Andrew Coffee Jr. goes on trial for the attempted murder of a deputy

Andrew Coffee Jr., a man accused of attempted murder of a law-enforcement officer, sat quietly in a maroon shirt and tie Monday as jury selection for his high-profile trial began in an Indian River County courtroom.

One by one prospective jurors came into the third-floor gallery to discuss what they had heard about the case. Many had read about the charges in the newspaper or seen it on TV. Several had seen online dashboard camera footage from the December 2015 traffic stop and shootout.

In the video, Coffee, Jr. is seen arguing with an Indian River County Sheriff’s Office deputy during an early-morning traffic stop. Records state he had been pulled over by Deputy Chris Lester while driving a scooter without proper tags. Conversation between the two quickly escalates and when the officer tells Coffee Jr. to put his hands on the vehicle, Coffee Jr. pivots in a flash and slugs the deputy in the face, knocking him down.

The officer then falls out of the frame of the camera, but Coffee Jr. is seen reaching for something near his belt in the back of his pants. Both men then disappear from the camera’s viewpoint and there are several gun shots before the officer reenters the frame, limping.

Lester told police after he saw Coffee Jr. had a firearm, he began to shoot, according to arrest documents. Coffee Jr. then took cover by a light pole, the deputy said. Lester estimated he fired five rounds from his county-issued weapon before falling down.

Both men suffered non-life-threatening injuries. Coffee Jr. was later apprehended hiding in a pile of wood pallets just south of 45th Street and East of Old Dixie Highway.

The defendant, who is facing trial for three felonies – attempted murder of a law enforcement officer, battery on a law enforcement officer and possession of a firearm by a felon – buried his head in his hands as one prospective juror confused his case with his son’s and grandson’s. Those two were involved in a high-profile drug raid in March that resulted in another police shootout and a young woman’s death.

The 54-year-old looked away when a prospective juror discussed his high regard for law enforcement. He dropped his head toward the defense table with exasperation after one man said Coffee Jr. was called to the courtroom for a reason, indicating someone had done something criminal.

But what if this is the wrong guy, argued Chief Assistant State Attorney Tom Bakkedahl. Could you still be an impartial juror?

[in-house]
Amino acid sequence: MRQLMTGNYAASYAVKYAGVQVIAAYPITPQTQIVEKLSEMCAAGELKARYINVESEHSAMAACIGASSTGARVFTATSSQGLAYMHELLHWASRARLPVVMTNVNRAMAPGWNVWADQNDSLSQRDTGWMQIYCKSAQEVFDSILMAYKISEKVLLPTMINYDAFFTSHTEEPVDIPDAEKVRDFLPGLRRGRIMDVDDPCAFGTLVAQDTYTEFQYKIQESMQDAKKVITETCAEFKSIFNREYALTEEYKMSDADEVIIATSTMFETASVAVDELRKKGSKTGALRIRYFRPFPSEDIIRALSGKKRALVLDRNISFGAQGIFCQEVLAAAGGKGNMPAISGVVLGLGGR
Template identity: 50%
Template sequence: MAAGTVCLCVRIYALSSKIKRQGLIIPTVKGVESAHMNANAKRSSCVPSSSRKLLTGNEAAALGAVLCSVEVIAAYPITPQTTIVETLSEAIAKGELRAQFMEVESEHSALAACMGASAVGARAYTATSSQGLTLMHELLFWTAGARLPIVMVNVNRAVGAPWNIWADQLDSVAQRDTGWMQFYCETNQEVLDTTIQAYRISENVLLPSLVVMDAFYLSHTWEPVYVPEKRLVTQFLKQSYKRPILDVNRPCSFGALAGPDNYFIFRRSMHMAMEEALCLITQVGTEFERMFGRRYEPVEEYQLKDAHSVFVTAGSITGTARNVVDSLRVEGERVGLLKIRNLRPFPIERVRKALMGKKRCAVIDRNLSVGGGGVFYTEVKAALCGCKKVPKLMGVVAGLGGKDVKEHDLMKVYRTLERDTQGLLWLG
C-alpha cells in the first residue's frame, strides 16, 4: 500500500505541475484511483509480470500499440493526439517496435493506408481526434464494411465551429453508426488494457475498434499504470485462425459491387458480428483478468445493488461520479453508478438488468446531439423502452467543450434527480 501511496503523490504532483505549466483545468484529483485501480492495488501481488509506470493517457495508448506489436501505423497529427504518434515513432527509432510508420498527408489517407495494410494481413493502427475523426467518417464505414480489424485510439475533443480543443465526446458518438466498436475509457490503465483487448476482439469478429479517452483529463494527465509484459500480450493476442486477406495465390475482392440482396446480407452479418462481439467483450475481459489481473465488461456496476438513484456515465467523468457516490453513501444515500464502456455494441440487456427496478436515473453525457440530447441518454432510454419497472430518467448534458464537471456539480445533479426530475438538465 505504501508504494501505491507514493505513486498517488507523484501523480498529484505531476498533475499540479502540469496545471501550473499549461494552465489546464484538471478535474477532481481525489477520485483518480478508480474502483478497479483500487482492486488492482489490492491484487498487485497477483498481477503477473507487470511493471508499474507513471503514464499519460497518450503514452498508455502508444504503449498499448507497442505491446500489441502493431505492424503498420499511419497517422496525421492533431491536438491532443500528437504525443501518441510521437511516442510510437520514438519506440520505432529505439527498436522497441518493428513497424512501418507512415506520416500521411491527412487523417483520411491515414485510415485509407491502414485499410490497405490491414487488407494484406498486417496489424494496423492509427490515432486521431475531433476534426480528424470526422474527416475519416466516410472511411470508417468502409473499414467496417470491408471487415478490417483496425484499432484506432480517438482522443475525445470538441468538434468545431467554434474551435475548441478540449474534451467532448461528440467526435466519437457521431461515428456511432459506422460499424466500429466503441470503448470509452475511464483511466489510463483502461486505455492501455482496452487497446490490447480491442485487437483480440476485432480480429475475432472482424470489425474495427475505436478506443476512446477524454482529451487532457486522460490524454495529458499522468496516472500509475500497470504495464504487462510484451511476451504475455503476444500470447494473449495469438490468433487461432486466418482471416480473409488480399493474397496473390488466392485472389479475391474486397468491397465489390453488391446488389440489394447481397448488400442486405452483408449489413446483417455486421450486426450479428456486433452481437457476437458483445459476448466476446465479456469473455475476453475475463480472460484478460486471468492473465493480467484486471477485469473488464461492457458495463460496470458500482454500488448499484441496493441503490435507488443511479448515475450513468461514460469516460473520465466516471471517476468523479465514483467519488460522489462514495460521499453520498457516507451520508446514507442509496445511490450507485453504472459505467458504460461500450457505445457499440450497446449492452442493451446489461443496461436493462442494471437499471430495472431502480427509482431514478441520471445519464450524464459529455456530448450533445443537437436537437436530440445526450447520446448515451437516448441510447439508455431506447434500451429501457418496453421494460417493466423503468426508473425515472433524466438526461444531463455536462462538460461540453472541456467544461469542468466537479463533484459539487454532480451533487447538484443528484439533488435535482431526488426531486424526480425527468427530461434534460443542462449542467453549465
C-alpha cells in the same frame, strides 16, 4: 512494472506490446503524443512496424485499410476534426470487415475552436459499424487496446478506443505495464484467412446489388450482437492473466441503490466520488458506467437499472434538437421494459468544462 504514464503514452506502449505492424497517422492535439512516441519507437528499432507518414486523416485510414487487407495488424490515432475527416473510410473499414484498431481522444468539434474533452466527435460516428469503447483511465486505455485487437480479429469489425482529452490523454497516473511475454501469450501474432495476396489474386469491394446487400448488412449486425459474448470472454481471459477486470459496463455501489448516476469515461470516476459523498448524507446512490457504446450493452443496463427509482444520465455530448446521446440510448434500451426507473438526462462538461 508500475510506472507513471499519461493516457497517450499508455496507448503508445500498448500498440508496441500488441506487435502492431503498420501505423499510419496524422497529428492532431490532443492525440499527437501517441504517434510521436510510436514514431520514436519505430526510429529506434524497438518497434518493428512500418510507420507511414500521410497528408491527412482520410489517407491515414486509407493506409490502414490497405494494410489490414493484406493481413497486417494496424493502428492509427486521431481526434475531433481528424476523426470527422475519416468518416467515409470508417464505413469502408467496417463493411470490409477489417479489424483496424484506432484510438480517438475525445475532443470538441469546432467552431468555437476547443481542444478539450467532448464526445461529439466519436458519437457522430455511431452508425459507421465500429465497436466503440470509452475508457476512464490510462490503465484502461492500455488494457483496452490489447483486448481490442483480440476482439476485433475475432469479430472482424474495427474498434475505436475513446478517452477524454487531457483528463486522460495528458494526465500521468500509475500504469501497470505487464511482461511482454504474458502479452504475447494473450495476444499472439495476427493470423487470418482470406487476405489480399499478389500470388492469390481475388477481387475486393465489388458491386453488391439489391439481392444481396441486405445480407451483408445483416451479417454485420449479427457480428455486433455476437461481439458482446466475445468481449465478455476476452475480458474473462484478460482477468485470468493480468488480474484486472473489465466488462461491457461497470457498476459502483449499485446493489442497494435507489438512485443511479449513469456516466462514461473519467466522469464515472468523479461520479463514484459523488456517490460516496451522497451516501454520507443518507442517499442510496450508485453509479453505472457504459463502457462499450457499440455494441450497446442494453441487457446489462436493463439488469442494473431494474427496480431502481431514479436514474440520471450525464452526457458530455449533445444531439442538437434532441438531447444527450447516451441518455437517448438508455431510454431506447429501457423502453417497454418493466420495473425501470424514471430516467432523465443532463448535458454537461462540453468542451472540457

Before being dismissed, the man replied, “I don’t know.”

As the attorneys for each side debated each prospective juror’s merits, they disagreed over how to proceed. “They are all going to see the video soon enough,” Bakkedahl said, arguing that just because someone had watched the footage online didn’t mean they couldn’t be impartial.

Assistant Public Defender Alan Hunt said otherwise. News reports have detailed Coffee Jr.’s criminal history and previous convictions, he said. “Anybody hearing that video is going to form an opinion.”

In the days leading up to the trial, attorneys for the defendant pleaded with Judge Cynthia Cox to ensure proceedings will be fair. They fought to keep the sheriff and his representatives from addressing the jury pool as is custom in the Nineteenth Circuit. They argued to limit the number of uniformed officers in the courtroom so as not to influence the jury and moved to suppress a reenactment video made by a detective to use as a visual aid during his testimony.

“The defendant has a right to a fair and impartial trial,” argued Assistant Public Defender Michelle Rhodeback during the pretrial hearing. “Officers in uniform would send a nonverbal message to the jury.”

She also told the judge that the reenactment video made by Detective David Rodriguez isn’t a true depiction of what happened. The reenactment is done during the daylight – even though the alleged crime took place around 2:30 a.m., she explained. It makes it look like the shooter stopped, planned an attack and hunted the officer down.

The reality is everything happened very fast, Rhodeback said. There were sirens and lights, none of which appears in the recreation. “We already have actual video from the scene, we don’t believe that we need these other animations of how the shots may have been fired,” she said.

The prosecution fought to keep the visual aid in trial. Bakkedahl told the judge at the Oct. 23 hearing that this type of reenactment is common. A shooting reconstruction, or flight path analysis, can show where the incident occurred, the location of physical evidence and bullet marks, he said.

The fact that other video tape exists doesn’t detract from the importance of this animation and its ability to help the officer give his account, said Bakkedahl.

He reminded the judge that this was a case involving first-degree attempted murder on a law-enforcement officer. “That means I have to prove premeditation and the fact that he is shooting at a fleeing officer. I think [the demonstrative aid] is kind of relevant.”

The prosecutor agreed that it would be prudent to limit the number of uniformed officers allowed in the courtroom, but noted such a ruling would be hard to manage.

In orders filed last week Cox approved the defense’s request to suppress the reenactment video and limited the number of uniformed officers in the courtroom to seven.

Monday, she was still striving to create a fair atmosphere for the high-profile case. Shortly before breaking for lunch, she asked the prospective jurors to look at Coffee Jr. and another defendant awaiting justice. She inquired whether any would have trouble presuming their innocence. Several people raised their hands.

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